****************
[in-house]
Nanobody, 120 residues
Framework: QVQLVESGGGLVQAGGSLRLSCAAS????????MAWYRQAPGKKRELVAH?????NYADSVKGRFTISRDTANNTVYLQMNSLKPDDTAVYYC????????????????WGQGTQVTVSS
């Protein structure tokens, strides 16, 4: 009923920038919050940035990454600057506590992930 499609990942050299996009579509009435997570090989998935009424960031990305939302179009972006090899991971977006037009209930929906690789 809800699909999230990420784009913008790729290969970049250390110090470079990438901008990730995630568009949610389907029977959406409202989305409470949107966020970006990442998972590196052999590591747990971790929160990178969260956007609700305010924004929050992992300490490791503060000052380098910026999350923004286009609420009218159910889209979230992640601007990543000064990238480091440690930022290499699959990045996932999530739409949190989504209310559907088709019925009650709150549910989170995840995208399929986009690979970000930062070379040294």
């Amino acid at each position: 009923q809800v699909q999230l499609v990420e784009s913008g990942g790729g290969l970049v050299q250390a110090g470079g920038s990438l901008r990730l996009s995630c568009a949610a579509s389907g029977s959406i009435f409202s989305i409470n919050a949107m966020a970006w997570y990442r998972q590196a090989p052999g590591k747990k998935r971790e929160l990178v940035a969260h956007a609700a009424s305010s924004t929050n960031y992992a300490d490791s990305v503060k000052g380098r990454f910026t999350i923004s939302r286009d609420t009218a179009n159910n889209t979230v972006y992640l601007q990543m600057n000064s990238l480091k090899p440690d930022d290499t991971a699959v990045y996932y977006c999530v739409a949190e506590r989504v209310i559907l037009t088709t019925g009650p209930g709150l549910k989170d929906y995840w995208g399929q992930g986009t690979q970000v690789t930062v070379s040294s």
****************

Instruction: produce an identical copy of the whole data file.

[in-house]
Nanobody, 120 residues
Framework: QVQLVESGGGLVQAGGSLRLSCAAS????????MAWYRQAPGKKRELVAH?????NYADSVKGRFTISRDTANNTVYLQMNSLKPDDTAVYYC????????????????WGQGTQVTVSS
């Protein structure tokens, strides 16, 4: 009923920038919050940035990454600057506590992930 499609990942050299996009579509009435997570090989998935009424960031990305939302179009972006090899991971977006037009209930929906690789 809800699909999230990420784009913008790729290969970049250390110090470079990438901008990730995630568009949610389907029977959406409202989305409470949107966020970006990442998972590196052999590591747990971790929160990178969260956007609700305010924004929050992992300490490791503060000052380098910026999350923004286009609420009218159910889209979230992640601007990543000064990238480091440690930022290499699959990045996932999530739409949190989504209310559907088709019925009650709150549910989170995840995208399929986009690979970000930062070379040294």
């Amino acid at each position: 009923q809800v699909q999230l499609v990420e784009s913008g990942g790729g290969l970049v050299q250390a110090g470079g920038s990438l901008r990730l996009s995630c568009a949610a579509s389907g029977s959406i009435f409202s989305i409470n919050a949107m966020a970006w997570y990442r998972q590196a090989p052999g590591k747990k998935r971790e929160l990178v940035a969260h956007a609700a009424s305010s924004t929050n960031y992992a300490d490791s990305v503060k000052g380098r990454f910026t999350i923004s939302r286009d609420t009218a179009n159910n889209t979230v972006y992640l601007q990543m600057n000064s990238l480091k090899p440690d930022d290499t991971a699959v990045y996932y977006c999530v739409a949190e506590r989504v209310i559907l037009t088709t019925g009650p209930g709150l549910k989170d929906y995840w995208g399929q992930g986009t690979q970000v690789t930062v070379s040294s």